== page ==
The present study explored the therapeutic potential of Noxiall®, a combination of PEA, BCP, myrrh, and carnosic acid, in the treatment of NP elicited by sciatic nerve ligation in the mouse. The rational for the combination of the active ingredients contained in Noxiall® comes from the results of previous studies demonstrating their efficacy in the treatment of chronic pain in various animal model (Dolara et al., 1996; Esposito et al., 2012; Hesselink and Hekker, 2012; Passavanti et al., 2017; Segat et al., 2017). Evidence of clinical efficacy of PEA in NP has been also documented (Hesselink and Hekker, 2012; Gabrielsson et al., 2016).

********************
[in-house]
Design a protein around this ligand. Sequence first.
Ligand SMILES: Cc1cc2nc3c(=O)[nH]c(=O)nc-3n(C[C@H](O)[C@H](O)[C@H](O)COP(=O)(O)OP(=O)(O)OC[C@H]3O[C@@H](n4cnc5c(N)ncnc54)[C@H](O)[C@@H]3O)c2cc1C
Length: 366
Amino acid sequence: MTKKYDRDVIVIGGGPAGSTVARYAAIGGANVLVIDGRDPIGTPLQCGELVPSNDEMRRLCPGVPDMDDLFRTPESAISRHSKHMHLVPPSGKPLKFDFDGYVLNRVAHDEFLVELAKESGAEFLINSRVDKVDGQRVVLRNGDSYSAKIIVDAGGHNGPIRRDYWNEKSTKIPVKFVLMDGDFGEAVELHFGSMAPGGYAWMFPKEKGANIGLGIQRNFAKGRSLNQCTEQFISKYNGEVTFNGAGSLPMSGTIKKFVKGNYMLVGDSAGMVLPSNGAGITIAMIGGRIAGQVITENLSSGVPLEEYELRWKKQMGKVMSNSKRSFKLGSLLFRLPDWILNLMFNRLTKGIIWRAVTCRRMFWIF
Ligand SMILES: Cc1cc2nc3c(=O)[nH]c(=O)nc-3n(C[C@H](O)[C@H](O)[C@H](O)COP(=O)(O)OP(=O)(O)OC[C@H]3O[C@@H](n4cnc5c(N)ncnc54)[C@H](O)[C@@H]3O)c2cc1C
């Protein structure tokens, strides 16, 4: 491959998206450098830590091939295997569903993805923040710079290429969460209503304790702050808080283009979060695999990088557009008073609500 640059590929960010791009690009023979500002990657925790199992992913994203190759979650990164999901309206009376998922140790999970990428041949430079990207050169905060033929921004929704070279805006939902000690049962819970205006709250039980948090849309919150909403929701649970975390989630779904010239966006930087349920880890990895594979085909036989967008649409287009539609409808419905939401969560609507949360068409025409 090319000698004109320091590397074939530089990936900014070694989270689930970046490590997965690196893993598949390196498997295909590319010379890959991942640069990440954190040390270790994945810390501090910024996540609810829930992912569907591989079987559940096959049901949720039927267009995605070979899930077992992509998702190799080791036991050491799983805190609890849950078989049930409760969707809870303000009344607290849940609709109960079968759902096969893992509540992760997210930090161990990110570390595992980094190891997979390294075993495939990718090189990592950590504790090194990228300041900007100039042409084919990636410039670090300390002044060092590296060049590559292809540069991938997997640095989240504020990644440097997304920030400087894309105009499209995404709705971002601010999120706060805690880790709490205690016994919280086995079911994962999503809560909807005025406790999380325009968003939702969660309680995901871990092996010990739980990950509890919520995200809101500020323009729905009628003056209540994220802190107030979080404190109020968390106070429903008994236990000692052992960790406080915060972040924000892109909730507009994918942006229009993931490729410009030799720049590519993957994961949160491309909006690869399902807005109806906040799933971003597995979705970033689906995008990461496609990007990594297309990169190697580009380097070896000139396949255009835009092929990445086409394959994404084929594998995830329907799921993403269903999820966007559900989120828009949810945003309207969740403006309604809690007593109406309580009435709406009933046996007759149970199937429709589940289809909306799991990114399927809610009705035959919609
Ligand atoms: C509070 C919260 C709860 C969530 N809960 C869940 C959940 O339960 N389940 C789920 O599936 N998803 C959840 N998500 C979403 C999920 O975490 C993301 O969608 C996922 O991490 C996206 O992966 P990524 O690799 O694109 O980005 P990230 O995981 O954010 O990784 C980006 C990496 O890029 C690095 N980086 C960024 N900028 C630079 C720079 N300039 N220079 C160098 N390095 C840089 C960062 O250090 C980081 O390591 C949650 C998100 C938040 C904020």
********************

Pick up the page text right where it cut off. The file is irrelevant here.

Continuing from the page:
Consistent with current literature, results showed that sciatic nerve ligation in the mouse led to a significant development of mechanical allodynia that is one of the main symptoms of NP (Kaulaskar et al., 2012; Jensen and Finnerup, 2014). As expected the allodynic response increased progressively after surgery and reached its maximal expression at 4 days after surgery. No signs of spontaneous recovery from allodynia were observed throughout the experimental period (14 days). This is in line with the current literature demonstrating that in CCI rodent models, allodynia remains remarkably stable for at least 1 month from surgery (Bennett and Xie, 1988; Bennett et al., 2003). In our experiment, treatment with Noxiall® elicited a marked enhancement of the withdrawal threshold in response to a mechanical stimulus applied to the ligated paw suggesting an ability of this treatment to attenuate allodynia. In parallel to treatment with Noxiall®, a separate group of mice was treated with gabapentin, an anti-epileptic agent that is a first-line treatment for NP in the clinic (Wiffen et al., 2017; Moore et al., 2018). The dose of gabapentin used was chosen based on previous studies in which its efficacy in rodent CCI models was demonstrated (Kusunose et al., 2010; Corona-Ramos et al., 2016; Hewitt et al., 2016). As expected gabapentin was highly effective in attenuating the allodynia associated with sciatic nerve ligation. We found that in the CCI model, Noxiall® was as potent as gabapentin. Based on this finding, we sought, therefore, important to further characterize the pharmacological effects of Noxiall® on thermal hyperalgesia in CCI mice (Espejo and Mir, 1993; Baliki et al., 2005). Results showed that CCI elicited a significant increase in heat sensitivity that was markedly reduced by both Noxiall® and gabapentin. Of note these effects of drugs cannot be attributed to unspecific changes in motor performances as both agents did not significantly modify the distance travelled in the open field test. These observations prompted us to determine the dose response curve of Noxiall® in comparison to pregabalin, another gabapentinoid was widely used for the treatment of NP in the clinic. Also, in this case, the doses of pregabalin were chosen on the base of previous studies in which its efficacy in the treatment of NP was demonstrated in rodents (Kusunose et al., 2010; Corona-Ramos et al., 2016). Results indicated that both treatments significantly attenuated allodynia in a dose related manner. In the case of pregabalin the effect was significant following administration of 25 and 50 mg/kg but not after treatment with 15 mg/kg. Noxiall®, also significantly reduced allodynia at all but the lowest dose. Treatments never modified the tactile response at the control paw, suggesting that the effects of Noxiall® and pregabalin were not influenced by potentially unspecific actions such as sedation or loss of mechanical sensitivity (i.e., analgesia). Gabapentinoids represent a first-line treatment in chronic NP and represent one of the most widely used clinical approach to control this condition. Unfortunately, their efficacy appears to be limited as several clinical studies reported that use of these agents is beneficial only in about one out of three or four (Finnerup et al., 2007; Moore et al., 2011; Wiffen et al., 2017). In addition, these compounds, especially when given at high dosages and to elderly patients can produce pronounced side effects, such as excessive sedation, numbness, loss of vigilance, decline in cognitive performances (Moore et al., 2011; Quintero, 2017). On the other hand, low doses of gabapentinoids are often not sufficient to control NP symptoms. prompted by these issues, we decided to determine whether combining the nutraceutical with pregabalin was able to enhance the efficacy of low dose of pregabalin treatment. We treated mice with the low, ineffective dose of pregabalin (15 mg/kg) and the low, ineffective dose of Noxiall®. While the low doses of pregabalin and Noxiall® again proved ineffective at attenuating allodynia, interestingly, when the two low doses treatment was combined, we saw a significant attenuation of allodynia. Our finding supports the possibility of using this nutraceutical in association with pregabalin, and possibly with other pharmacological treatment, as an add-on to improve treatment efficacy. The clinical advantage would be better control of NP symptoms at lower pregabalin dosages, and therefore, a lower risk of patients experiencing gabapentinoids side effects.